Corporal Joseph Linton Edward ARNOLD

Regiment:                                      Royal Field Artillerylogo-cwgc2

Unit:                                                 132nd Battery, 1st Brigade

Service Number:                          49265 (Formerly: 5609)

Date of Death:                               10 May 1915 – Killed in action

Age:                                                   24 years

Cemetery / Memorial:               Ypres (Menin Gate) Memorial

Grave / Panel Ref.:                     Panel 5

Arnold JLE Mem

Home Life:

Joseph was born in Ruskington, Lincolnshire, in August/September 1890, the son of Mary Ann Arnold, who was unmarried at the time.

The first Census after his birth (1891 RG 12/2577) shows 8 month old Joseph living with his grandparents, Isaac and Eliza (née Rick) Arnold, at Knipton Houses, Ruskington. His mother had gone into service, working as a ‘Domestic Servant’ for the Strawson family (Farmers), Town Street, Burton Coggles, near Grantham.

In the March quarter 1894 Mary Ann married Henry Marriott, and in 1901 (Census RG 13/3049) Joseph was living with his new family at 5 Reform Place, New Sleaford. He had 4 step-brothers, Charles M. (born in 1894), Cecil (1895), Edward (1896) and Harold (1899).

By 1911 (Census RG 14/19632) the Marriott family had added Gladys (1903), John Thomas (1904), Eveline (1905) , twins Lily and Daisy (1908) and Leonard (1911). They were still living at 5 Reform Place. After the War, Henry and Mary Anne had moved to 92 Beacon Hill, Newark (1939 Register). Henry died in the December quarter 1941 and Joseph’s mother, Mary Ann, died in the September quarter 1961, aged 87, in the Newark District, Nottinghamshire.

However, the 1911 Census shows that Joseph was by then a serving ‘Gunner’ with 19 Brigade, Royal Field Artillery, based at Temple Barracks, Orange Free State, South Africa.

 The “Register of Soldier’s Effects” shows that after Joseph’s death a total of £24 17s. 7. (£24.78 – a relative value of about £3250 today [2023]) was returned to his mother, Mary Ann Marriott on 25 September 1915. His War Gratuity of £6 (£790 today) followed in 1919.

Joseph does not seem to have lived in Ruskington for any length of time, beyond that spent at his paternal grandparents before his mother re-married, 20 years before the outbreak of The Great War. For this reason his name does not appear on any of Ruskington’s ‘official’ War Memorials, but was listed in the Memorial Gardens (but no longer).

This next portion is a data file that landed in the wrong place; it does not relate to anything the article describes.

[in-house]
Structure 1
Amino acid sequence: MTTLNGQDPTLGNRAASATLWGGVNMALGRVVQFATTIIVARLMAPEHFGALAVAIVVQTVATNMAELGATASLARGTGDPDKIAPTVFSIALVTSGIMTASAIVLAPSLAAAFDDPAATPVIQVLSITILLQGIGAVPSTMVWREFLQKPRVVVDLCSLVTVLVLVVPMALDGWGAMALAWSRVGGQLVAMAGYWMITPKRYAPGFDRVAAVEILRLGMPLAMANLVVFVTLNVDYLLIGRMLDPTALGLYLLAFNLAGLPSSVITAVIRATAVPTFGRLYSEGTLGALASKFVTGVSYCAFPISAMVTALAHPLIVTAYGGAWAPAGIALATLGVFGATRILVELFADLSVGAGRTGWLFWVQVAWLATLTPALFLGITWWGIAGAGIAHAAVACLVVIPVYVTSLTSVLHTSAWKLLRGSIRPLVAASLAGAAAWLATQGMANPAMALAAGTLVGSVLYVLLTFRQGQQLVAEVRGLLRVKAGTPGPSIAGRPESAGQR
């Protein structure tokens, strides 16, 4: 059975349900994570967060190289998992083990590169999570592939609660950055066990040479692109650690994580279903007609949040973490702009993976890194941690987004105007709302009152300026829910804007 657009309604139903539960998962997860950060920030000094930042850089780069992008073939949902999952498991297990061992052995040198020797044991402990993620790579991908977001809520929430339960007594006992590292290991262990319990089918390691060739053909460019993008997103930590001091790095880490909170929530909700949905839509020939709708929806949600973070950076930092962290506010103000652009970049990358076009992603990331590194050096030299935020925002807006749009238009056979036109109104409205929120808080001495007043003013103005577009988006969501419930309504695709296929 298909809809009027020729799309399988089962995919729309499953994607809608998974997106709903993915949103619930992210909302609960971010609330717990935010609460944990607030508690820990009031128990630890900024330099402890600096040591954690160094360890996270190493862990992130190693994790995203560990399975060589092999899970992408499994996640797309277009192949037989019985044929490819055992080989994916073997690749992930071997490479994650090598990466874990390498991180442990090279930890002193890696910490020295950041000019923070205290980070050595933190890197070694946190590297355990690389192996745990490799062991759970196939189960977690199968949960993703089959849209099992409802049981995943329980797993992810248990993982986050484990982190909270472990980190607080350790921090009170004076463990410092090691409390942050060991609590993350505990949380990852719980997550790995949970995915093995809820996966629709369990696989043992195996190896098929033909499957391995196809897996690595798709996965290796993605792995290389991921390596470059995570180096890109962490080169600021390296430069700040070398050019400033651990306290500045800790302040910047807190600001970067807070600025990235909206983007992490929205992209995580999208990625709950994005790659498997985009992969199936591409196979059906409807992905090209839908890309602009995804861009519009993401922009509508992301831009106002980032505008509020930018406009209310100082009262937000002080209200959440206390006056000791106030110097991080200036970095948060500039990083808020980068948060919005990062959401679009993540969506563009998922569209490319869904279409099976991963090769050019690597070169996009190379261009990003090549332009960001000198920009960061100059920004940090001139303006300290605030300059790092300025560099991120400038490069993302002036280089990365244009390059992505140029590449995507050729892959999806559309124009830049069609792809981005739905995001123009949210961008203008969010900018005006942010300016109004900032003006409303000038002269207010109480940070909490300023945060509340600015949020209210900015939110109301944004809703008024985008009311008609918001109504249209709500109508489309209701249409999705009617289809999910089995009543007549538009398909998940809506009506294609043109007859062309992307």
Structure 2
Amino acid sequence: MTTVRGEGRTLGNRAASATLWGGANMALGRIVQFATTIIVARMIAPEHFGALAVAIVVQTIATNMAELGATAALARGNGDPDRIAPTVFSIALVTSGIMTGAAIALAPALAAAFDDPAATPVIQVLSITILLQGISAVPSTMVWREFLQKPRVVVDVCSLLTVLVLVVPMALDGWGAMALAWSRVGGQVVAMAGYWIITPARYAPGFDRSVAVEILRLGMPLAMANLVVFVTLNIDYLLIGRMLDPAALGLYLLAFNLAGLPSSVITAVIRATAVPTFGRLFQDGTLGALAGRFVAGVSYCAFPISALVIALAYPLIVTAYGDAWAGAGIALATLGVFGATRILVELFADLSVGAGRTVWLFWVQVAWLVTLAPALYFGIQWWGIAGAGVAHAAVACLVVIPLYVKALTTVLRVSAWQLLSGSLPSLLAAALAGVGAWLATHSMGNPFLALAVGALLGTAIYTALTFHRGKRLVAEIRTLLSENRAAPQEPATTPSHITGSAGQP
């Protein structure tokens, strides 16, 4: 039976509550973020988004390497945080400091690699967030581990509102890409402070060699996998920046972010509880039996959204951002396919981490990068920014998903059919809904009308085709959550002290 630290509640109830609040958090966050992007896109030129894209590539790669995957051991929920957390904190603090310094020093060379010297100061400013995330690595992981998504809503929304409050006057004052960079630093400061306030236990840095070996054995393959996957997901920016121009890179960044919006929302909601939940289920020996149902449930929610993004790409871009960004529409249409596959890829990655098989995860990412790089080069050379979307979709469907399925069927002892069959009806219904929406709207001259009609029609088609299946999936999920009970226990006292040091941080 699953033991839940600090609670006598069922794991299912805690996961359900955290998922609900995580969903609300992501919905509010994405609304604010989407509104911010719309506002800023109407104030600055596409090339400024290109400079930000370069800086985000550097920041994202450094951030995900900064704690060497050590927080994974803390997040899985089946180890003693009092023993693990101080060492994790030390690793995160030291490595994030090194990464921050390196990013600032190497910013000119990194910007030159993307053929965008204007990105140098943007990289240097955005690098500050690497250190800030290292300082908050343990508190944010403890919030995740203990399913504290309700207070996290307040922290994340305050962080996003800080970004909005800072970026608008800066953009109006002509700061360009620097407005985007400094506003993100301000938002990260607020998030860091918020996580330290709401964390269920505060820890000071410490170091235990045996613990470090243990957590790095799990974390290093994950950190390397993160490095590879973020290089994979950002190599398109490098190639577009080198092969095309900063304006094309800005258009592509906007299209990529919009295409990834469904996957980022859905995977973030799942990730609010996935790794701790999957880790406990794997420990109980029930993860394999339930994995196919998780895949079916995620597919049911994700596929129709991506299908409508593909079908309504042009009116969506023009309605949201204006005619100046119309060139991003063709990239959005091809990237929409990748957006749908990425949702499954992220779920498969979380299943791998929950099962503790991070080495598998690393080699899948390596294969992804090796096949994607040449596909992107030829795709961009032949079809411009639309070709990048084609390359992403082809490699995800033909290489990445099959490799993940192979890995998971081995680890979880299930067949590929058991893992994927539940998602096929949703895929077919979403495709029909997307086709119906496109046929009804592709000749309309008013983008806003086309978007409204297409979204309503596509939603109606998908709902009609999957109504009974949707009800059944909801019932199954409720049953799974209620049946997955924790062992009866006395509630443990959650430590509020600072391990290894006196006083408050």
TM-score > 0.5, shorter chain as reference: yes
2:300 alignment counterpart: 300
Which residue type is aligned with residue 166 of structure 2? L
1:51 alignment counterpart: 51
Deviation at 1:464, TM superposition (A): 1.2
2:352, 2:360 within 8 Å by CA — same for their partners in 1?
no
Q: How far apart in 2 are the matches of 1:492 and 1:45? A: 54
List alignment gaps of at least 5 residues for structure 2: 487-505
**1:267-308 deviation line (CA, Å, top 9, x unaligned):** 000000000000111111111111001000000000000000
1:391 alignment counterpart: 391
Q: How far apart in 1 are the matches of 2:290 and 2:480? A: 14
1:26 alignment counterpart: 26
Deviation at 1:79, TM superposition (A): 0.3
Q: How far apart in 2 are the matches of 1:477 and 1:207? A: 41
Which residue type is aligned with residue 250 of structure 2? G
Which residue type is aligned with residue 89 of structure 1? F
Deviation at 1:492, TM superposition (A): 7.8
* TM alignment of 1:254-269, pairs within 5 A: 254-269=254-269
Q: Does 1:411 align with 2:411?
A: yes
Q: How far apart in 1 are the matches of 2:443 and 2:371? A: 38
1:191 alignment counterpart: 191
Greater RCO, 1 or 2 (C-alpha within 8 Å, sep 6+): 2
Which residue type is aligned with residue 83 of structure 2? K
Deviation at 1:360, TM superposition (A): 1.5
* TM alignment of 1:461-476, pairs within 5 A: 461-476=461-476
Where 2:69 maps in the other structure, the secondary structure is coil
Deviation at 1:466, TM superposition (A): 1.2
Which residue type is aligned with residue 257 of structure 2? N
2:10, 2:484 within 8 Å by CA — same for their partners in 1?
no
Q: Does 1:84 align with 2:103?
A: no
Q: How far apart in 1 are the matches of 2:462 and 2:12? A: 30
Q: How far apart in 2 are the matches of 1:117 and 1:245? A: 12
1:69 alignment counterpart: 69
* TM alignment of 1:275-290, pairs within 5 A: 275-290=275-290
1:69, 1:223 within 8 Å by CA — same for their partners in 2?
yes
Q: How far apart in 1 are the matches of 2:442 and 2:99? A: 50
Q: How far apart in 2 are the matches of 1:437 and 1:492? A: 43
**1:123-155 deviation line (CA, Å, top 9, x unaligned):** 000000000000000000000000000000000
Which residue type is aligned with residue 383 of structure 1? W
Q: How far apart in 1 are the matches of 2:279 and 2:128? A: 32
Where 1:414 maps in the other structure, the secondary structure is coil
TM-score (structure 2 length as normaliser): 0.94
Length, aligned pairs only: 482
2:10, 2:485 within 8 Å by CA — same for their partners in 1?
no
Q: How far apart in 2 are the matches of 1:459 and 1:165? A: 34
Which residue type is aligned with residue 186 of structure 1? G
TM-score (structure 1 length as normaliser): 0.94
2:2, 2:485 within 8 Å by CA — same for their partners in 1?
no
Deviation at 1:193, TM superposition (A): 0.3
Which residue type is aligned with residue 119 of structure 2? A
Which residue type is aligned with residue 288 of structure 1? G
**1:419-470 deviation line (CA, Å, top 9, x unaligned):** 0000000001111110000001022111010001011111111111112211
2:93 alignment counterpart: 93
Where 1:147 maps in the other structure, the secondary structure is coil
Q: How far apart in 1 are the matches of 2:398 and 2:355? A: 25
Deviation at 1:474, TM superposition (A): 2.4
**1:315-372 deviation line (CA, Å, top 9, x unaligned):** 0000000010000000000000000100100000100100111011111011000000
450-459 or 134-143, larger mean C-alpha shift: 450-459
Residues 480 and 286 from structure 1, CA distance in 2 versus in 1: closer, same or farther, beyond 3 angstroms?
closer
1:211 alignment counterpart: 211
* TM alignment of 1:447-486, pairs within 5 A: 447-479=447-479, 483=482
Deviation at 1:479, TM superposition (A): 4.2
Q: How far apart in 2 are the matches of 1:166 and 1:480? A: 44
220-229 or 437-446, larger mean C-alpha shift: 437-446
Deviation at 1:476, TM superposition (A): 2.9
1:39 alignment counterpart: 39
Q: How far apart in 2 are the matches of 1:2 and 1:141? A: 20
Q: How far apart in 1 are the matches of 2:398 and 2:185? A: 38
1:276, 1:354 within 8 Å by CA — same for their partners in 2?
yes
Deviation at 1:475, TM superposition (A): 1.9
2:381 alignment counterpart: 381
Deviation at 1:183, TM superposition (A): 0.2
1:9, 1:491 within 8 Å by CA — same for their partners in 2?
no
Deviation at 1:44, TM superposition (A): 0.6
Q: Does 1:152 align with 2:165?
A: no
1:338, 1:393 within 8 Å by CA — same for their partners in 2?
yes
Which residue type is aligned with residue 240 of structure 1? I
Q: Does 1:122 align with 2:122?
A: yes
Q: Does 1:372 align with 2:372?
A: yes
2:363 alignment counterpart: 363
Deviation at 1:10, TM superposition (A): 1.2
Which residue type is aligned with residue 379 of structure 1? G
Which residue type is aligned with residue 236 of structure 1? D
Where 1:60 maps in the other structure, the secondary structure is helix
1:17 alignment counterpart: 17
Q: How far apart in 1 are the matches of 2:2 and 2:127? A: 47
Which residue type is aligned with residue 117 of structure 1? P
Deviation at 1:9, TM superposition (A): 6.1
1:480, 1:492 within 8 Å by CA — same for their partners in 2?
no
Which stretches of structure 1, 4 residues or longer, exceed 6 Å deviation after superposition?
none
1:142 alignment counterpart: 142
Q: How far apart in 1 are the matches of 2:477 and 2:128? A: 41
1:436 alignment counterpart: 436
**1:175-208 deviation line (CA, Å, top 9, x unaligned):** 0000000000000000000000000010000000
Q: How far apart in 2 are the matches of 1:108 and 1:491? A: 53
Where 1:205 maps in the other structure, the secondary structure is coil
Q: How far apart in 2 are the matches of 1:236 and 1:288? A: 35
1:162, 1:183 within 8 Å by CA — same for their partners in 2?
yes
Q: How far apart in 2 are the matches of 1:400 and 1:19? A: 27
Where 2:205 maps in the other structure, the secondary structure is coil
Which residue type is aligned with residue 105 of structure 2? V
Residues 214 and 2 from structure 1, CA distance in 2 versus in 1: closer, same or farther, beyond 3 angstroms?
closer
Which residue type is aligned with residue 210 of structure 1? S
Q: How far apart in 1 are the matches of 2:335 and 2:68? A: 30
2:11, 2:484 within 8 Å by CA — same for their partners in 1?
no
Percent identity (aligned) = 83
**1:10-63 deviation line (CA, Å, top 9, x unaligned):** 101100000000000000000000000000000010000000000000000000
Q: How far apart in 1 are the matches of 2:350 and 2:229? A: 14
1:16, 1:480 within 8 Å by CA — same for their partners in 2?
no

Military Service:

Joseph re-enlisted at Sleaford. It is most likely that he had completed his Service with Regular Army after 5 years and posted to the Reserve for the remaining 7 years of his service. He would have been recalled on the outbreak of War on 4 August 1914.

His Medal Index Card (MIC) shows that ‘Bombardier‘ Joseph Arnold was posted to France with his Battery on 20 December 1914. The 1 Brigade was a unit of Britain’s pre-war regular army. It is also sometimes shown as 1 Brigade RFA. Three years before the outbreak of War Joseph was already serving in South Africa with his Brigade (1911 Census) and his Service Number suggests he enlisted about 1907/8.

In August 1914 the Brigade was at Edinburgh and comprised numbers 13, 67 and 69 Batteries. The Brigade was re-formed at Winchester on 23 November 1914 and came under the command of the 27th Division under Brig. Gen. A. Stokes. It was then made up of 98, Joseph’s 132 and 133 Batteries. The 27th was formed at Magdalen Hill Camp near Winchester in November-December 1914 and was soon rushed as a much-needed reinforcement to France.

An 18 pounder field gun

The 1st Brigade R.F.A. went to France with the Division in December 1914 (see Joseph’s MIC date above) and later moved to Salonika in late 1915, by which time Joseph had been killed in action.

The Brigade was equipped with 4 – 18 pounder guns, similar to that pictured left. Each gun had a crew of six, plus men from the ammunition column to bring up the shells. [18 lbs = 8.16 kgs.]

In 1915 the Brigade saw action in The “Action of St. Eloi” 14-15 March 1915, a battle to recapture ‘The Mound’ which was lost the previous day during the Battle of Neuve Chapelle, the first attempt by the British to launch an assault from the trenches.

This action was almost immediately followed by The Second Battle of Ypres, 22nd April – 25th May 1915. CWGC Records show that 9 men of the 132nd Battery were killed in action during the period of this Battle. Four of these, including Joseph died on the 9/10 May, during the phase of the Battle known as The Battle of Aubers Ridge. They have no known grave and, with Joseph, are commemorated the Ypres (Menin Gate) Memorial. Whilst there is no evidence, it is of course possible that these men belonged to the same gun.

The “Register of Soldier’s Effects” states that Joseph was serving with the 98th Battery at the time of his death. However, 98th Battery was also part of 1st Brigade, so a later transfer is not difficult to see.

As stated above Joseph is not named on any of Ruskington’s Memorials. The only significant time he lived in the village was with his grandparents who were almost 80 years old when the names of the village War dead were being collated. Neither does he appear on any other Memorial or Roll of Honour in Lincolnshire.



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